United Nations, Economic Commission for Europe Long-term Trends and Problems of the European Steel Industry. Geneva, 1959, p. 168.
It is not a widely held view, but there is a lot to be said for economists.
“The Stern tendency,” 6 November 2006, internet edition.
Edgeworth, F. Y.
Economic controversy is generally a thankless task. You cannot hope to make any impression on your opponent. Yet he is the only reader on whose interest you can count.
“Professor Graziani on the mathematical theory of monopoly,” Economic Journal 8, June 1898, p. 234.
Edison, Thomas Alva
Results? Why, man, I have gotten a lot of results. I know several thousand things that won’t work.
Edwards, H. R.
Reality is very complex.
“Price formation in manufacturing industry and excess capacity,” Oxford Economic Papers n.s. 7(1), February 1955, p. 99.
If we knew what it was we were doing, it would not be called research, would it?
I have little patience with scientists who take a board of wood, look for its thinnest part, and drill a great number of holes where drilling is easy.
Everyone knows, or has strongly suspected, that capital theory is difficult.
“The current state of capital theory…,” Southern Economic Journal Volume 39, October 1972, p. 173.
…the profit motive is like sex—it flourishes best in secret.
“The 30,000 managers,” Fortune Magazine 21(2), February 1940, p. 111.
Galbraith, John Kenneth
There is an old saying, or should be, that it is a wise economist who recognizes the scope of his own generalizations.
American Capitalism: the Theory of Countervailing Power, p. 129.
Gauss, Carl Friedrich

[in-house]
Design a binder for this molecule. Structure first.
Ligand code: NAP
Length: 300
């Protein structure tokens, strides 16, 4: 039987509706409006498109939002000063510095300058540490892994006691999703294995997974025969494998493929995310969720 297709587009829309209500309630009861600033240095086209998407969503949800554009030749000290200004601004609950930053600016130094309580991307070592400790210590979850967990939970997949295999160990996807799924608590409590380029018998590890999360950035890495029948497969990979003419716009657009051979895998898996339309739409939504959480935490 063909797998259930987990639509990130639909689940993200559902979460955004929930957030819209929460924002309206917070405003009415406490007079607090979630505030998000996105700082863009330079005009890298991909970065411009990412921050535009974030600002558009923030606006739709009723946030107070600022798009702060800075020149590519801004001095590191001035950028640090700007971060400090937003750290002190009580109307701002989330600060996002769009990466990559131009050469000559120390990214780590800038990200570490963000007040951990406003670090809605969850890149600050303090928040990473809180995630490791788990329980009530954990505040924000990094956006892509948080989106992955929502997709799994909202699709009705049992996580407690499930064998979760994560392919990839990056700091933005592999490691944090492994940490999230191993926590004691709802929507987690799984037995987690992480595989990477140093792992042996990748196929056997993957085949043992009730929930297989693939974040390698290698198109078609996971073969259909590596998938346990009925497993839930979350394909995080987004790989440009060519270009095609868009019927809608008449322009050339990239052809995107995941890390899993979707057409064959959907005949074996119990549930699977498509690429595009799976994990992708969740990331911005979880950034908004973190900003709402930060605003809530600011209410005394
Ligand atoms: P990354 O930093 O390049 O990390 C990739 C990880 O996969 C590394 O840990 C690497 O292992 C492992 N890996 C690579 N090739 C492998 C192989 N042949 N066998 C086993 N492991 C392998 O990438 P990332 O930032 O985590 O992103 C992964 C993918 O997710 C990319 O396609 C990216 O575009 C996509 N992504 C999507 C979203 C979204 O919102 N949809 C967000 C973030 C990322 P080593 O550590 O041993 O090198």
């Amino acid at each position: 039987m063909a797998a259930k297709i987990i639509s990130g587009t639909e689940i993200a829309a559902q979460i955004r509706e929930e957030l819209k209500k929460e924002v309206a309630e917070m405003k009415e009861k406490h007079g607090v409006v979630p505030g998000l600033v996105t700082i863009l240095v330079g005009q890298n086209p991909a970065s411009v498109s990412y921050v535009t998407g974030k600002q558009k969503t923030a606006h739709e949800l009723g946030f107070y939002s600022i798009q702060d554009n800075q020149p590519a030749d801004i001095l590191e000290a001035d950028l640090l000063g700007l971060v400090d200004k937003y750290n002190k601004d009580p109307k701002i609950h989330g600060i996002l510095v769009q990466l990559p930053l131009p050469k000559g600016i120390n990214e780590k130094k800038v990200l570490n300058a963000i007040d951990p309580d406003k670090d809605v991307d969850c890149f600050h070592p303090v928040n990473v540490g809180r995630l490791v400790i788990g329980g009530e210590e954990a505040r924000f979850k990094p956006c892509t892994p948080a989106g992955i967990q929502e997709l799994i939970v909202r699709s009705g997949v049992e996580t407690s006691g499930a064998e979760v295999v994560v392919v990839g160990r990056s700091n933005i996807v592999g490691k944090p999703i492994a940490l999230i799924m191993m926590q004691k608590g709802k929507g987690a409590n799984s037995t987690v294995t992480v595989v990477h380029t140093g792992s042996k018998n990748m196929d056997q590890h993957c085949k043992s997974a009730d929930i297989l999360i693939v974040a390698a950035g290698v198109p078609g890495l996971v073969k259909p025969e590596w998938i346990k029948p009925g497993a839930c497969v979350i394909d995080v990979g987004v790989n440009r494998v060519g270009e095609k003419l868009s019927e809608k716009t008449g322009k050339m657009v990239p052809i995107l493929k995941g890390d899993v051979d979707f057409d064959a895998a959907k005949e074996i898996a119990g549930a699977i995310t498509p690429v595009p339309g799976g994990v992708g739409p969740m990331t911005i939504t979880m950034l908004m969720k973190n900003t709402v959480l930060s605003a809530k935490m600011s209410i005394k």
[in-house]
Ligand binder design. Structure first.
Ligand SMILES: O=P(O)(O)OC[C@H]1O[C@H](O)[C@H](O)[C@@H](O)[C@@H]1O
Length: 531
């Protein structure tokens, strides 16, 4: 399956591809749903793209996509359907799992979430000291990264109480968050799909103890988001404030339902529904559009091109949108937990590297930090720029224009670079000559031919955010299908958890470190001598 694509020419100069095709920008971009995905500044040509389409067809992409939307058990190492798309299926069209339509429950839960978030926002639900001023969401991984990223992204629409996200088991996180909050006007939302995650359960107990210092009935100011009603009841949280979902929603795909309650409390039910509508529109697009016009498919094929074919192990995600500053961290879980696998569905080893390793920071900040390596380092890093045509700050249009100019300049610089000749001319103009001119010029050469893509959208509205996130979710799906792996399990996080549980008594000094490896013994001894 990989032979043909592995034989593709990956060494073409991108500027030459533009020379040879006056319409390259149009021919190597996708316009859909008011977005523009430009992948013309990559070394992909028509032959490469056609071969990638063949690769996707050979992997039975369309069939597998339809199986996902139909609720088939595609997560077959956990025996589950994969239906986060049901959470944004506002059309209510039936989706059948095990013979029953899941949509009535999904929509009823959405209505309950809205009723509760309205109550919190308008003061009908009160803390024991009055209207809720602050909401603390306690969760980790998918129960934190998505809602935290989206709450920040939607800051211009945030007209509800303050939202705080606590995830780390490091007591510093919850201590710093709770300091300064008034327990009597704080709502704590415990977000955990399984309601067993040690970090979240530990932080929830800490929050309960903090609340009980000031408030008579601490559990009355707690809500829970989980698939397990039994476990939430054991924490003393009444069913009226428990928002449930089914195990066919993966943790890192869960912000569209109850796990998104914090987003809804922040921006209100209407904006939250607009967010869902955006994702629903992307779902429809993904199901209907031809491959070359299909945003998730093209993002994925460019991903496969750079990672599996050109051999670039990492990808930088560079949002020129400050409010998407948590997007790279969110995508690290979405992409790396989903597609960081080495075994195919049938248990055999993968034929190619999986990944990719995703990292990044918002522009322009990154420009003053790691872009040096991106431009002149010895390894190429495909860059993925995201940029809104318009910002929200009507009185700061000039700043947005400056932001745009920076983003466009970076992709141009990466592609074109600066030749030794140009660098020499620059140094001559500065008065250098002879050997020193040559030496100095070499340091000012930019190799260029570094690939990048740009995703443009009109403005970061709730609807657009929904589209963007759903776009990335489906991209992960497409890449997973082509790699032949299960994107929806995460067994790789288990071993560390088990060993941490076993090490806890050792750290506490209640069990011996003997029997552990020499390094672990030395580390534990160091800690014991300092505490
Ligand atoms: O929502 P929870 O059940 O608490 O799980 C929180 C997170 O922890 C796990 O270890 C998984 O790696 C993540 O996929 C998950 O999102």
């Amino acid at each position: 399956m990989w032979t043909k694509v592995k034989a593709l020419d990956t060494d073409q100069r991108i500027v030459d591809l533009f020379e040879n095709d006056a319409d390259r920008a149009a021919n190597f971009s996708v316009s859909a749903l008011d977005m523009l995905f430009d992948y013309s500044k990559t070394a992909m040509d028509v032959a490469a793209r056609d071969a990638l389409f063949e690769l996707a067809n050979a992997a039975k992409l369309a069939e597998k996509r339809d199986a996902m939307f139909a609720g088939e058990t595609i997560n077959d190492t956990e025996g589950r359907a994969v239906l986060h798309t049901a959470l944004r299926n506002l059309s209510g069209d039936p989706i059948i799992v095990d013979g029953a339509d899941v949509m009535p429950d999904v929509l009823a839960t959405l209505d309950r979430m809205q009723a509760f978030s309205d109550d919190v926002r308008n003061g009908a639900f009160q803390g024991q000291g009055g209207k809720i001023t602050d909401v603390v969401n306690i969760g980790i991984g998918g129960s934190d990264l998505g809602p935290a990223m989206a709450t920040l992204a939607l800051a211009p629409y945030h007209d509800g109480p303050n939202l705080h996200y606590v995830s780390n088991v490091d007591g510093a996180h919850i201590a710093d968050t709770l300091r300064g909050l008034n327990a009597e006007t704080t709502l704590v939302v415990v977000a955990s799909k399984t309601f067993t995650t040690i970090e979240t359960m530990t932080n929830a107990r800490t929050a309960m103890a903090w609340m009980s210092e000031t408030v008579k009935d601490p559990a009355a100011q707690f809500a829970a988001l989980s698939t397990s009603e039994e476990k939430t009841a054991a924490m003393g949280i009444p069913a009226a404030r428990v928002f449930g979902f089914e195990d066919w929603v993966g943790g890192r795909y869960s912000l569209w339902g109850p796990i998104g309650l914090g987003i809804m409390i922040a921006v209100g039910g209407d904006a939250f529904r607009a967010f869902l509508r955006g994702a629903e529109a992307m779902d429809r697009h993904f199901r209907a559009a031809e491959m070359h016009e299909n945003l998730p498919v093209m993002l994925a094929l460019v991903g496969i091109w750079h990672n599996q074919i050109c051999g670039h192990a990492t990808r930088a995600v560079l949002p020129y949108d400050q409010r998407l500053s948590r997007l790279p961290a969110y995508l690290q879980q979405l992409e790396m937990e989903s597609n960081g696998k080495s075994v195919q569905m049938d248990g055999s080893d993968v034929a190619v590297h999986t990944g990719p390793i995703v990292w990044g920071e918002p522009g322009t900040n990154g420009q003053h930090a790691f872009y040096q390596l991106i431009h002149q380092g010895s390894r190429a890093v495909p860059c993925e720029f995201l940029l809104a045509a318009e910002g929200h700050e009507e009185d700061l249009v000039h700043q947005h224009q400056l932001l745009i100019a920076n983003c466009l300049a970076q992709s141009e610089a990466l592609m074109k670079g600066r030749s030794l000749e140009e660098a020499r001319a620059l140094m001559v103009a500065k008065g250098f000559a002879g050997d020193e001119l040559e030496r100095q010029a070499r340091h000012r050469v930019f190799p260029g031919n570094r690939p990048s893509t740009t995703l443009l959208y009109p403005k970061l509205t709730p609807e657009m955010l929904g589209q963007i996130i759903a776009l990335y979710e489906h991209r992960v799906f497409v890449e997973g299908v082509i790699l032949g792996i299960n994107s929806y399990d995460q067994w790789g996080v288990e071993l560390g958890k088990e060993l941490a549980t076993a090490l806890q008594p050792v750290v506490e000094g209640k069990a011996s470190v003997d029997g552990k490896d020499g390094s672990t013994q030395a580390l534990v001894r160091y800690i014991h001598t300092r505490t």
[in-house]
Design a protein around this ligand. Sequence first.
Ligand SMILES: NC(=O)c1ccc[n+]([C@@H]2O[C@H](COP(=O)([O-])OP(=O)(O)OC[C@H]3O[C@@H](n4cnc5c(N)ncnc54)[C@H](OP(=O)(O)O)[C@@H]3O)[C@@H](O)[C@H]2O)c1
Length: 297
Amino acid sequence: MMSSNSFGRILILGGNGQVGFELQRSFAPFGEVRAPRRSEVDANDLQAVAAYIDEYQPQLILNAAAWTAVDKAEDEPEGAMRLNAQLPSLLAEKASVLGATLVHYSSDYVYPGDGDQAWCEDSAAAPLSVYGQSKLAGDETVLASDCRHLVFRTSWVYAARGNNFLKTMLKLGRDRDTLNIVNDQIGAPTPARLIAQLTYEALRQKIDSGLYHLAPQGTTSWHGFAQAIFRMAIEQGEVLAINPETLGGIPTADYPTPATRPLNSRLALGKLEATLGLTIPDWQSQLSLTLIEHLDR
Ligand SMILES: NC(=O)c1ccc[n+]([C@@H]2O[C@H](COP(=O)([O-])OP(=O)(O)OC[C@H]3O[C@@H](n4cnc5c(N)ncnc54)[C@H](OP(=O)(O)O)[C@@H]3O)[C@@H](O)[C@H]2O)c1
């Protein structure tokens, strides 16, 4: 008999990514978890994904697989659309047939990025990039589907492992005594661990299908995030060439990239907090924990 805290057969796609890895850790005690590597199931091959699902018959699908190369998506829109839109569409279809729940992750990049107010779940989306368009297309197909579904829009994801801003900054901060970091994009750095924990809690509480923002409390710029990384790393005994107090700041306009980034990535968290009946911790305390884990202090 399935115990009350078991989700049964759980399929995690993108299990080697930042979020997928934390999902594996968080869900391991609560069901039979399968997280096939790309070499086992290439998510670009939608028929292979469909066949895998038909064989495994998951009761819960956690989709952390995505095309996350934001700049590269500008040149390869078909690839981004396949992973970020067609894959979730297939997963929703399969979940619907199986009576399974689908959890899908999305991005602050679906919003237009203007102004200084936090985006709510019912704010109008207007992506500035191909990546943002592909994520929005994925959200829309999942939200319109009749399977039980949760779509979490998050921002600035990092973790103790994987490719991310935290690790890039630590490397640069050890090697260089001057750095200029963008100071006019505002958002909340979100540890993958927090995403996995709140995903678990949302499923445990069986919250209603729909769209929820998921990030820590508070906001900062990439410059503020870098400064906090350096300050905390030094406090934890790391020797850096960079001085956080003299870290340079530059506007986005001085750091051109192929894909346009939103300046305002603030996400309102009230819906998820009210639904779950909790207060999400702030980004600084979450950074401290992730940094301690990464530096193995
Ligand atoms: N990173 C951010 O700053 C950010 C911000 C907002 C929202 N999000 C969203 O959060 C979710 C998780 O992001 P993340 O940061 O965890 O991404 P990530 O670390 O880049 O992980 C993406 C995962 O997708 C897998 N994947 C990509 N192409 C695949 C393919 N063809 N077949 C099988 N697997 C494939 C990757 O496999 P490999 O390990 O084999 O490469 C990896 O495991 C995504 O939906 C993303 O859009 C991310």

I have had my solutions for a long time, but I do not yet know how I am to arrive at them.
Geroski, Paul A.
Facts are facts, hard and clear, but stylized facts are inevitably a little fuzzy at the edges.
“What do we know about entry?,” International Journal of Industrial Organization 13(4), 1995, pp. 421-440, at p. 427.
I know. You know I know. I know you know I know. We know Henry knows and Henry knows we know it. We’re a knowledgeable family.
Geoffrey to Eleanor, The Lion in Winter.
Hale, William Harlan
Herbert Hoover, it has been said, called in the best economists in the country and took the advice of none of them; Franklin Roosevelt called in the worst economists and took the advice of all of them.
“The men behind the President: what they think,” Common Sense 7(7), July 1938, pp. 16-20, at p. 16
R. F. Harrod
…the institutional arrangement whereby most professional economists are heavily burdened with teaching and administrative duties may militate against a sufficient admixture of the more laborious forms of statistical and field work.
“Scope and method of economics,” Economic Journal 48(191), September 1938, pp. 383-412, at p. 406
Everything is on such a clear financial basis in France. It is the simplest country to live in. No one makes things complicated by becoming your friend for any obscure reason. If you want people to like you you have only to spend a little money. I spent a little money and the waiter liked me. He appreciated my valuable qualities. He would be glad to see me, and would want me at his table. It would be a sincere liking because it would have a sound basis. I was back in France.
The Sun Also Rises.
J. R. Hicks
Some of the most serious fallacies of traditional economics have been due to confusion between optimum and equilibrium conditions; the apparent influence of Dr. Pangloss upon the development of economic thought is for the most part nothing but pure intellectual error.
“The rehabilitation of consumers’ surplus,” Review of Economic Studies 8(2), February 1941, pp. 108-116, footnote 1, p. 112.
Holmes, Oliver Wendell, Jr.
In my opinion, economists and sociologists are the people to whom we ought to turn more than we do for instruction in the grounds and foundations of all rational decisions.
quoted at pp. 72-3, footnote 2 in Richard T. Ely “Industrial liberty,” Publications of the American Economic Association 3rd Series, 3(1), February 1902, pp. 59-79.